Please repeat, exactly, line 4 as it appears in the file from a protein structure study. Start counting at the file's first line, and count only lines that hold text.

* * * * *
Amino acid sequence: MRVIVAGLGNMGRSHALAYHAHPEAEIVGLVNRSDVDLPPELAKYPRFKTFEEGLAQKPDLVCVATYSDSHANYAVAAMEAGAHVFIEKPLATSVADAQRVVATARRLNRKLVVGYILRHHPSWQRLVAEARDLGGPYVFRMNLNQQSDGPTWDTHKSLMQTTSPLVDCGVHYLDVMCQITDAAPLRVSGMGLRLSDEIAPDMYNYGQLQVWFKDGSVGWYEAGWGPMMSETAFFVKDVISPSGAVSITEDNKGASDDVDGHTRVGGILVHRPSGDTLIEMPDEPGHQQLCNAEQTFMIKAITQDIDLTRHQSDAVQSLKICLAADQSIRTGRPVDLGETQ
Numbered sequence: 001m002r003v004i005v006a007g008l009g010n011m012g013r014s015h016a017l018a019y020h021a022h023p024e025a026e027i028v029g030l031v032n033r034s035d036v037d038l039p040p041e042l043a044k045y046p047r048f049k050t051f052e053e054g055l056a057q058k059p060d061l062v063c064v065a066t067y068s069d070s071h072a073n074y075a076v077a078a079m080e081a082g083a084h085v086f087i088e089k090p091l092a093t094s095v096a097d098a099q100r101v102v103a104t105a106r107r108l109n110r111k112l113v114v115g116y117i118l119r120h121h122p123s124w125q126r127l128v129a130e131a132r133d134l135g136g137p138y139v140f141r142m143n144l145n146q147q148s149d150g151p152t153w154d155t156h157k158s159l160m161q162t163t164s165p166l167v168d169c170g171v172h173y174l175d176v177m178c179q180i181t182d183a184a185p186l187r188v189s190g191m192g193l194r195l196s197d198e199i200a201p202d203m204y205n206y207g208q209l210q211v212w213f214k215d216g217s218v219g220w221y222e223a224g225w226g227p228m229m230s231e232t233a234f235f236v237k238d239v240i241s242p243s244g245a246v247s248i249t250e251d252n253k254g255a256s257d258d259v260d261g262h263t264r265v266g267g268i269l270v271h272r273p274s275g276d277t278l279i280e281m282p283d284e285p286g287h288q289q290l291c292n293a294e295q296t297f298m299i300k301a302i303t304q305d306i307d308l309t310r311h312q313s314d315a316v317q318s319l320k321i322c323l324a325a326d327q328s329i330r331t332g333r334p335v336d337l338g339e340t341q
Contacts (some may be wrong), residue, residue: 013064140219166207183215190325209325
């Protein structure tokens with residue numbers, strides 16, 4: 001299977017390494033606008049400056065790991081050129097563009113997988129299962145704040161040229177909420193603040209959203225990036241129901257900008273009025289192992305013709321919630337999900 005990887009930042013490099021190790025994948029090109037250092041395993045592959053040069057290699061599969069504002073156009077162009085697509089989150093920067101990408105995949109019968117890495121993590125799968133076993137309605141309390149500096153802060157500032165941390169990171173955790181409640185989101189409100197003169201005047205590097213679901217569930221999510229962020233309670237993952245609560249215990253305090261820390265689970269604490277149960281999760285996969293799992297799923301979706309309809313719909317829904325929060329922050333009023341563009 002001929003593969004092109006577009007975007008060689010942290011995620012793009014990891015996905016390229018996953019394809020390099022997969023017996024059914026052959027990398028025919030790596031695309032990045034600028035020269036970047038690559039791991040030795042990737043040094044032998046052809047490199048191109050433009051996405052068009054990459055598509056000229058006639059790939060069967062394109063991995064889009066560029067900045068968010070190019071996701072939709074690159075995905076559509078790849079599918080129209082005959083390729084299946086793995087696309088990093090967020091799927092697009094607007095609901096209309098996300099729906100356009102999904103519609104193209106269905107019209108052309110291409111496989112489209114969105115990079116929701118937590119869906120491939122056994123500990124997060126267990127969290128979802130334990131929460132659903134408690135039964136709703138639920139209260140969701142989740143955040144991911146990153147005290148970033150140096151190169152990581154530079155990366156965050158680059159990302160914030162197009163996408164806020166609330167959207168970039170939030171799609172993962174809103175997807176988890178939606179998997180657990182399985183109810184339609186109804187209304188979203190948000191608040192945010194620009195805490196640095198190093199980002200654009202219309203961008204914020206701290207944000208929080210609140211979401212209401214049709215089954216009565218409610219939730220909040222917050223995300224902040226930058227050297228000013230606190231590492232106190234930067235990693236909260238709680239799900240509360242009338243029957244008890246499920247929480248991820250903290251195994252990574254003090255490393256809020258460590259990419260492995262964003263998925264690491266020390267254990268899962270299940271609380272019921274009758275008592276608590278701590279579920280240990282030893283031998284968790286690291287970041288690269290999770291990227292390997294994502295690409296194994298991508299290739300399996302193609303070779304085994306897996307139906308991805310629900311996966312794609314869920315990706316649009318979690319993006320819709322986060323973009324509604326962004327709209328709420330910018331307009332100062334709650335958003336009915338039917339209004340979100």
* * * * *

């Protein structure tokens with residue numbers, strides 16, 4: 001299977017390494033606008049400056065790991081050129097563009113997988129299962145704040161040229177909420193603040209959203225990036241129901257900008273009025289192992305013709321919630337999900 005990887009930042013490099021190790025994948029090109037250092041395993045592959053040069057290699061599969069504002073156009077162009085697509089989150093920067101990408105995949109019968117890495121993590125799968133076993137309605141309390149500096153802060157500032165941390169990171173955790181409640185989101189409100197003169201005047205590097213679901217569930221999510229962020233309670237993952245609560249215990253305090261820390265689970269604490277149960281999760285996969293799992297799923301979706309309809313719909317829904325929060329922050333009023341563009 002001929003593969004092109006577009007975007008060689010942290011995620012793009014990891015996905016390229018996953019394809020390099022997969023017996024059914026052959027990398028025919030790596031695309032990045034600028035020269036970047038690559039791991040030795042990737043040094044032998046052809047490199048191109050433009051996405052068009054990459055598509056000229058006639059790939060069967062394109063991995064889009066560029067900045068968010070190019071996701072939709074690159075995905076559509078790849079599918080129209082005959083390729084299946086793995087696309088990093090967020091799927092697009094607007095609901096209309098996300099729906100356009102999904103519609104193209106269905107019209108052309110291409111496989112489209114969105115990079116929701118937590119869906120491939122056994123500990124997060126267990127969290128979802130334990131929460132659903134408690135039964136709703138639920139209260140969701142989740143955040144991911146990153147005290148970033150140096151190169152990581154530079155990366156965050158680059159990302160914030162197009163996408164806020166609330167959207168970039170939030171799609172993962174809103175997807176988890178939606179998997180657990182399985183109810184339609186109804187209304188979203190948000191608040192945010194620009195805490196640095198190093199980002200654009202219309203961008204914020206701290207944000208929080210609140211979401212209401214049709215089954216009565218409610219939730220909040222917050223995300224902040226930058227050297228000013230606190231590492232106190234930067235990693236909260238709680239799900240509360242009338243029957244008890246499920247929480248991820250903290251195994252990574254003090255490393256809020258460590259990419260492995262964003263998925264690491266020390267254990268899962270299940271609380272019921274009758275008592276608590278701590279579920280240990282030893283031998284968790286690291287970041288690269290999770291990227292390997294994502295690409296194994298991508299290739300399996302193609303070779304085994306897996307139906308991805310629900311996966312794609314869920315990706316649009318979690319993006320819709322986060323973009324509604326962004327709209328709420330910018331307009332100062334709650335958003336009915338039917339209004340979100």